The world hasn’t changed, your brain has.
I remember during my taper that I went to bed one night and woke up to a completely different world. It was as if something dark and sinister had crept into my house and rearranged everything, even though everything was in its proper place. From that day forward, my thoughts and feelings were doom and gloom. I couldn’t access any positivity or joy. Negativity and depression are often a part of withdrawal, and they are not always easy to cope with, I know. They sure weren’t;t easy for me.
Index cards became my best friends.
I wrote positive affirmations on three by five cards and taped them to mirrors, walls, and doors, to remind myself that my thoughts and feelings were generated from the changes to my GABA receptors. The doom and gloom weren’t me; they were the changes in my brain, and those changes were temporary. I even wrote a few affirmations on index cards and tucked them into my pockets. I needed constant reminding that I was healing and that I wouldn’t stay depressed and unable to connect with joy or love, forever. The index cards helped me come back to the truth that my experience was caused by benzo withdrawal; it was not indicative of the true reality of life. Life was still precious and wonderful. I just couldn’t access that.
Distraction helps a great deal.
Distraction is an enormous coping tool in benzo withdrawal. I knew that my mind would usually follow my hands, so I made sure I kept my hands busy. I gardened, painted, wrote, did word puzzles, cooked for friends, and even cleaned houses sometimes when I felt well enough to do so. I even learned to knit and crochet by watching Youtube videos. If you are stuck in “doom and gloom” mode, you may want to consider finding something to do that occupies your hands and your mind. It’s good to put our focus on something other than our negative thoughts and feelings.
Talking to people farther out and more healed helped.
I knew a handful of people who were a few years ahead of me in their recovery. On the day’s I felt I couldn’t handle the crushing bleakness of my inner world, I’d call them and ask them to encourage me and remind me that I was going to heal. Even if my hope only lasted as long as the phone call, it was a bit of a bright spot, and I was appreciative of that. We often need constant reminders that we will heal; that life will feel good and worthwhile again. And it will!
True recovery is inside job, just like most things in life.
Once I got beyond the real hardcore intrusive thoughts and other mental symptoms, and things began to lift, I knew that my attitude was going to play a major role in how well I got on with my life. I learned how to self-soothe. I learned how to be my own best friend. I went on an incredible journey of learning to love myself, which in turn allowed me to fall deeply and madly in love with life, just the way it was. Which meant that I learned to practice acceptance. My spiritual faith grew as well.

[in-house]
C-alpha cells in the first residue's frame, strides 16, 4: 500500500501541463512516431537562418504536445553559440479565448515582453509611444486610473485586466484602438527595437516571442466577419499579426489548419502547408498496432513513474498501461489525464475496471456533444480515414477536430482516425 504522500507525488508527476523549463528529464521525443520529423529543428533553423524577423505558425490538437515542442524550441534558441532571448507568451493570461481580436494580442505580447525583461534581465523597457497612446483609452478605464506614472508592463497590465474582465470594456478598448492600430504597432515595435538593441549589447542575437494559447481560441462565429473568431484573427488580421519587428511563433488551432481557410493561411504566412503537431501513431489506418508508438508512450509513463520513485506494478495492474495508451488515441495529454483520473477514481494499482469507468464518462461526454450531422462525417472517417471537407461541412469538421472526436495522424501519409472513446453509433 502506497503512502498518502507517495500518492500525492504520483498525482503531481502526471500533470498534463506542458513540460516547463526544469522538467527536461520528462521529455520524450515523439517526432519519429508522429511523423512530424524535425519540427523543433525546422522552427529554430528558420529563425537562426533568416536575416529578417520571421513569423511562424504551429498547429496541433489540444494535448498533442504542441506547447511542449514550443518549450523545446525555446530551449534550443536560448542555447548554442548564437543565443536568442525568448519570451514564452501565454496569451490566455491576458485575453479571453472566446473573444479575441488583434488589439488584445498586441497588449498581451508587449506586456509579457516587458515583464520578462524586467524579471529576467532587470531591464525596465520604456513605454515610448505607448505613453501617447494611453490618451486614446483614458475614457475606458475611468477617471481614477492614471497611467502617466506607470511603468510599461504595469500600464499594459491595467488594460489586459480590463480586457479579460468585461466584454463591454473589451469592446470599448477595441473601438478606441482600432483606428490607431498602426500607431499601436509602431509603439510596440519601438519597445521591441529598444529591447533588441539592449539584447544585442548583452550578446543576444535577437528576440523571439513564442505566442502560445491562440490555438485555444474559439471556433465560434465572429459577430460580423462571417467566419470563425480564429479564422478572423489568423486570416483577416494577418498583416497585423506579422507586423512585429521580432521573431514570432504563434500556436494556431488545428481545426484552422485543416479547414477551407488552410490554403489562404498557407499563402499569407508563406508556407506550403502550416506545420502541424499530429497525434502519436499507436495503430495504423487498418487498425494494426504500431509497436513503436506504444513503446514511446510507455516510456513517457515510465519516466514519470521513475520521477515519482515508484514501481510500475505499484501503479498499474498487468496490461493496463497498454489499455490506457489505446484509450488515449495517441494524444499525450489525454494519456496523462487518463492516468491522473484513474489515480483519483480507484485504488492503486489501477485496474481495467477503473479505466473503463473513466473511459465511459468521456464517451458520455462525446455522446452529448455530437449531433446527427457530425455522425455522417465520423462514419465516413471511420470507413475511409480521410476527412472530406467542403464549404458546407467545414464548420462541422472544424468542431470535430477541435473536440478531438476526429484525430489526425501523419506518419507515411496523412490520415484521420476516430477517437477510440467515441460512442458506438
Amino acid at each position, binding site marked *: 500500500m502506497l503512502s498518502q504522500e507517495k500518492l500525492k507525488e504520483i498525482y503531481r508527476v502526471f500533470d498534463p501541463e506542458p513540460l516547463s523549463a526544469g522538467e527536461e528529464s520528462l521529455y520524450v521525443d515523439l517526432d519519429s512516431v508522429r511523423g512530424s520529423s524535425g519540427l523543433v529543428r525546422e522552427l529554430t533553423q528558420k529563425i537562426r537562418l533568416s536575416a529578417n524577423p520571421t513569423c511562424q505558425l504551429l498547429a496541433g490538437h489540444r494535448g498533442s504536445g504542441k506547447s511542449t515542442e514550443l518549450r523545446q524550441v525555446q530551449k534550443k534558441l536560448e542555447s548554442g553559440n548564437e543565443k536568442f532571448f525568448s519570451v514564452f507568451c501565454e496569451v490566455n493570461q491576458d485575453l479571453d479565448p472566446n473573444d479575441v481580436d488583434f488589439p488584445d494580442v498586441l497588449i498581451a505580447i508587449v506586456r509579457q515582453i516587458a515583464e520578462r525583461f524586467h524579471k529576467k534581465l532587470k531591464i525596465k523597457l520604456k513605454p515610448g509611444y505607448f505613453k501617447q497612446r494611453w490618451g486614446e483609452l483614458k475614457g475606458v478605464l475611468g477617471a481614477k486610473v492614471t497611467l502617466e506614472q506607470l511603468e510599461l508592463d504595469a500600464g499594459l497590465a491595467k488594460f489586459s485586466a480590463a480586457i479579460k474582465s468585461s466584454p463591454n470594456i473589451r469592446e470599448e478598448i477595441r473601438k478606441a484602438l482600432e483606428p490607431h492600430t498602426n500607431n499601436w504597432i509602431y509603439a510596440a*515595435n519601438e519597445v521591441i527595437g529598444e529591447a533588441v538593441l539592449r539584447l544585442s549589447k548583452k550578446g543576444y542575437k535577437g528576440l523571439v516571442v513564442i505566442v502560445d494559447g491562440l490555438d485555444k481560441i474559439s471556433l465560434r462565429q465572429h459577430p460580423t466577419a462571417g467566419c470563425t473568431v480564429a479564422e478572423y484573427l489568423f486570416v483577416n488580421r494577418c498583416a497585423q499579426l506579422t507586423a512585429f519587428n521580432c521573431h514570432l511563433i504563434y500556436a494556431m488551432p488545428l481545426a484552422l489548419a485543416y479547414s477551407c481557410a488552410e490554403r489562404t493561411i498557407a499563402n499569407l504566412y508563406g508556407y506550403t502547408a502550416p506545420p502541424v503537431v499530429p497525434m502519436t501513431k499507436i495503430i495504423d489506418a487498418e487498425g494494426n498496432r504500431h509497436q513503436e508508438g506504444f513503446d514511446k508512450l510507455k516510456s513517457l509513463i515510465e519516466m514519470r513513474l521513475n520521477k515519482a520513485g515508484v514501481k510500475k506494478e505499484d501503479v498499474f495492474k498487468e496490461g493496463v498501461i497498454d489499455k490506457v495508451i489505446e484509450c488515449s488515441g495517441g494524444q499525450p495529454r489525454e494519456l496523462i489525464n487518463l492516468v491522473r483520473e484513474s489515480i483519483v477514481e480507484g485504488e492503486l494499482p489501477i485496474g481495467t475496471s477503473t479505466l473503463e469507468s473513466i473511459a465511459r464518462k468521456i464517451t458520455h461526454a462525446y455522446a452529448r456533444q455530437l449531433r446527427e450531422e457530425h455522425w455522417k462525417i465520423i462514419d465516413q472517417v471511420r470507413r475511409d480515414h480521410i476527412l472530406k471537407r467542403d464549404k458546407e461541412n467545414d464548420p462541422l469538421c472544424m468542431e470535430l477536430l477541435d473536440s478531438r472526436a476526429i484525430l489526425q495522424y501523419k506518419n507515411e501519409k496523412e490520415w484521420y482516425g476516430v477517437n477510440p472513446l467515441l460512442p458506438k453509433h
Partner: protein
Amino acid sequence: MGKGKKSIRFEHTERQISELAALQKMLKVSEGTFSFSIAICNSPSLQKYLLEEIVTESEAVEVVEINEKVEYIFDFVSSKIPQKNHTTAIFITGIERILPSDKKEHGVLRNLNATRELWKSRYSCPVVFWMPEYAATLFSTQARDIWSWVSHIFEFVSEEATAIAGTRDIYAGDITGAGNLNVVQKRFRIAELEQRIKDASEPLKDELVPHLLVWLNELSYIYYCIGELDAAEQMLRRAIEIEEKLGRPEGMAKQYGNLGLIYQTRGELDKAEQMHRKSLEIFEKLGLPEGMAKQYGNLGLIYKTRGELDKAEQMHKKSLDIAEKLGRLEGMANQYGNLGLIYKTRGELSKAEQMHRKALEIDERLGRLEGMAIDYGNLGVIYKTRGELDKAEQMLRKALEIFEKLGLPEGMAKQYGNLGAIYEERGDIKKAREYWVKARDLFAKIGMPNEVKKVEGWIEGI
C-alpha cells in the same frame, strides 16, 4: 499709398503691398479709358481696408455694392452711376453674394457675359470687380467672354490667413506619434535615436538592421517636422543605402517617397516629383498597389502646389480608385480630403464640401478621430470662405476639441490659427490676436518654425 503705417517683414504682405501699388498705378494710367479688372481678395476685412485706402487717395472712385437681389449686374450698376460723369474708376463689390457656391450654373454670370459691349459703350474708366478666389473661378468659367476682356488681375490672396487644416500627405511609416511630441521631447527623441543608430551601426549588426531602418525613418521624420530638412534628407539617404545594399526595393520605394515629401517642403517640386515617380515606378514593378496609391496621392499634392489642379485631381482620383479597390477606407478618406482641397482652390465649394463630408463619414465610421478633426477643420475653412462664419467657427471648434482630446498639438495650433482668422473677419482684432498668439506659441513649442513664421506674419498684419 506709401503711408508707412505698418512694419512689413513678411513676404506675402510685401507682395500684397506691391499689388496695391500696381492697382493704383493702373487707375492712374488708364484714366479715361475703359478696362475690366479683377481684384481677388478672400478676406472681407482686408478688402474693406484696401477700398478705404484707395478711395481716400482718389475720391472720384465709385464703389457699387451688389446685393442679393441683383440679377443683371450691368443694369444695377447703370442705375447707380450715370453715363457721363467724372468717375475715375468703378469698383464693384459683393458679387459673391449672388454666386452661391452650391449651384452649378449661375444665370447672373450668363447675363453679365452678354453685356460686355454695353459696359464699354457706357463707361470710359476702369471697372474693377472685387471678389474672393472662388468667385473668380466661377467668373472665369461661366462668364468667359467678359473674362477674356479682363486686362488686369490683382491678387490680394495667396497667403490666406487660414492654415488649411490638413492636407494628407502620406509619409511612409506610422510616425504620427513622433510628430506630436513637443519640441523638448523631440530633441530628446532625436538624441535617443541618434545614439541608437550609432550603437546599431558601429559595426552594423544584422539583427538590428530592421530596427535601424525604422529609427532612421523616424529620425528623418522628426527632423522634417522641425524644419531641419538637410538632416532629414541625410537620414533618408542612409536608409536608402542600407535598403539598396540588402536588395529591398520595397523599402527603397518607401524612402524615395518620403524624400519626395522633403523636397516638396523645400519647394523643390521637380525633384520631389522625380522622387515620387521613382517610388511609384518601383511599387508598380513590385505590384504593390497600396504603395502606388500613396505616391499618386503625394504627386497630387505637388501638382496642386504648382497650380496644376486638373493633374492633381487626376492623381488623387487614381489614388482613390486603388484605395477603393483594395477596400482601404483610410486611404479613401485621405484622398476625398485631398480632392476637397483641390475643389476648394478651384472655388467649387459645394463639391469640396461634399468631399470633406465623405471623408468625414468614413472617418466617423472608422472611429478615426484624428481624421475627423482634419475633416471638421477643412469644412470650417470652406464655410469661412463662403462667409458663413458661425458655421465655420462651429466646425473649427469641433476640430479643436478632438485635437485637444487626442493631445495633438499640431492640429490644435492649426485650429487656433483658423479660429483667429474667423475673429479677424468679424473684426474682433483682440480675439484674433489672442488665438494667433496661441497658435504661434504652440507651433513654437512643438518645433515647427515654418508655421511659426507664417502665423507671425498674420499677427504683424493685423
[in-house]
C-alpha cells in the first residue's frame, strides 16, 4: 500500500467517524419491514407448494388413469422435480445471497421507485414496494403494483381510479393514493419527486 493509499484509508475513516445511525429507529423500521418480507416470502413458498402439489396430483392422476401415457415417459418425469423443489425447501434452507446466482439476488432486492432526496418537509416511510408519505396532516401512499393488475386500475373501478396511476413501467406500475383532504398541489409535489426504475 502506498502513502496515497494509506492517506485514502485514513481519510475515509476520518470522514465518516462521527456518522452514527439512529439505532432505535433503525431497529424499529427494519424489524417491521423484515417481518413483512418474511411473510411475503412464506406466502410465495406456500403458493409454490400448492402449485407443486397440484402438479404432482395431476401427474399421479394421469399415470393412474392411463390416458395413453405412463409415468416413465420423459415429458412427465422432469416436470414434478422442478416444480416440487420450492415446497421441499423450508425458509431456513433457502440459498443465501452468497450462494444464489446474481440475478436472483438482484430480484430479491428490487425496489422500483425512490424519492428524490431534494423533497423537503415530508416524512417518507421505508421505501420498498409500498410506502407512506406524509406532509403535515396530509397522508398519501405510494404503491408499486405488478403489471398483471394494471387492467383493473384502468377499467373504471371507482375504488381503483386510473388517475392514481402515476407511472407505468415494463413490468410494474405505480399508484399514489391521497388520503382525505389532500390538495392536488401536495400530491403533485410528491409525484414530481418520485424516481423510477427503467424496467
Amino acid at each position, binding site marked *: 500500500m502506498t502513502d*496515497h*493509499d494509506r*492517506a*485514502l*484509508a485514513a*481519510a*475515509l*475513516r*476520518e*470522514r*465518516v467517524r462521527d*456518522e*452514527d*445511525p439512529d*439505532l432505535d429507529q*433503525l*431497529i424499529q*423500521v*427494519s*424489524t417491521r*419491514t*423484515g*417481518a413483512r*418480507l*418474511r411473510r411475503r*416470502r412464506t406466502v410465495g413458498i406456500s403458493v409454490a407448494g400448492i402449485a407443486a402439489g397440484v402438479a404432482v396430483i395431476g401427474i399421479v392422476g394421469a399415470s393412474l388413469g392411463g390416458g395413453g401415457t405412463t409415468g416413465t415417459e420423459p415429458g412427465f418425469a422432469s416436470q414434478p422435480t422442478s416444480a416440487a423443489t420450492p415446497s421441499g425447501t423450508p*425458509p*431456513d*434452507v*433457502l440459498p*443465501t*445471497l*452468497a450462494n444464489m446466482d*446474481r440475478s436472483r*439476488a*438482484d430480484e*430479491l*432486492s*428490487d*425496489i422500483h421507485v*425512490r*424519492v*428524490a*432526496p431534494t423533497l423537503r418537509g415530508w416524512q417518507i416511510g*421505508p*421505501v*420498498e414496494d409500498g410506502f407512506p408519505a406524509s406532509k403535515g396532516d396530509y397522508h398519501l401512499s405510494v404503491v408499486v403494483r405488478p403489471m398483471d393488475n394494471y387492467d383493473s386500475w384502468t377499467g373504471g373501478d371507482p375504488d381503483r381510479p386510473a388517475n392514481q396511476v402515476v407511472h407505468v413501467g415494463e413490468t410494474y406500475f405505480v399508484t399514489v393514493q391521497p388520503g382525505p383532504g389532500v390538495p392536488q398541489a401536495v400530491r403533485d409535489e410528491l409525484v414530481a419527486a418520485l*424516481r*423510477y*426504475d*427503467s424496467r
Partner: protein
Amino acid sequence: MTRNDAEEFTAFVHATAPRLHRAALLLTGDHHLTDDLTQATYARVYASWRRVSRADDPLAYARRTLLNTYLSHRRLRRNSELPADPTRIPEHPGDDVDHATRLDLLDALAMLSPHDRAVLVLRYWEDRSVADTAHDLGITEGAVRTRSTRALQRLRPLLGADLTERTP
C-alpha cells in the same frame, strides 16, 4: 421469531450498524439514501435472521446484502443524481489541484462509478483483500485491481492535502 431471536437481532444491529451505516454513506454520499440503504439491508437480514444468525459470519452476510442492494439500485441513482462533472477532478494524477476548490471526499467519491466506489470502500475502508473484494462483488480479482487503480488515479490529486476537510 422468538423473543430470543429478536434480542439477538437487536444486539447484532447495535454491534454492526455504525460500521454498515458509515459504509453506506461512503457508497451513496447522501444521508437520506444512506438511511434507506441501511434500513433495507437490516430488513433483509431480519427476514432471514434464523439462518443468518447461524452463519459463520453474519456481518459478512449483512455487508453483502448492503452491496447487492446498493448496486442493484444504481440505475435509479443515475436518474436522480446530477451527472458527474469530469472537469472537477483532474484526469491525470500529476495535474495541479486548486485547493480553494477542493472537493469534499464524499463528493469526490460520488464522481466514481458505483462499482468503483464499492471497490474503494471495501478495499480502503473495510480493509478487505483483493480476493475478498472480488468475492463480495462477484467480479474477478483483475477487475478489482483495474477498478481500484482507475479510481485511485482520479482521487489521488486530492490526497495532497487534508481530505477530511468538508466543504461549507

Any time I had a negative thought about the world around me, or about myself, I asked myself if I wanted to feel all that negativity. The answer was always a no. So I learned how to maneuver through my days by asking one question over and over and over again. That question was simply: “What’s the most loving thing to think, feel, and do?” That question empowered me to create a wonderful internal state that attracted good things to me. I knew my GABA receptors would heal, in time, but I wanted to make sure that I was going to heal as well—the old resentments, worries, preoccupation with self, guilt, shame, etc. No one was going to be able to do that work for me. I had to do it myself.
Louis Armstrong was right, it is a wonderful world!
I love Louis’ song, What A Wonderful World. And it IS a wonderful world, even though we are in benzo withdrawal. The world is still full of incredible things. It is still full of love. You may not be able to feel it now, but you will. In time. Remind yourself, over and over, and over again if necessary, that your doom and gloom is just another benzo withdrawal symptom and will soon go away, like all the other symptoms. Do your best to get your hands busy with some sort of distraction and take steps, even small steps, toward loving yourself. Go outside and feel the breeze on your face. Feel the ground under your feet. Tell yourself that the world is a wonderful place and that soon, you’ll be able to feel that every minute of every day, because you are healing! The finish line is just up ahead, waving at you to come on over.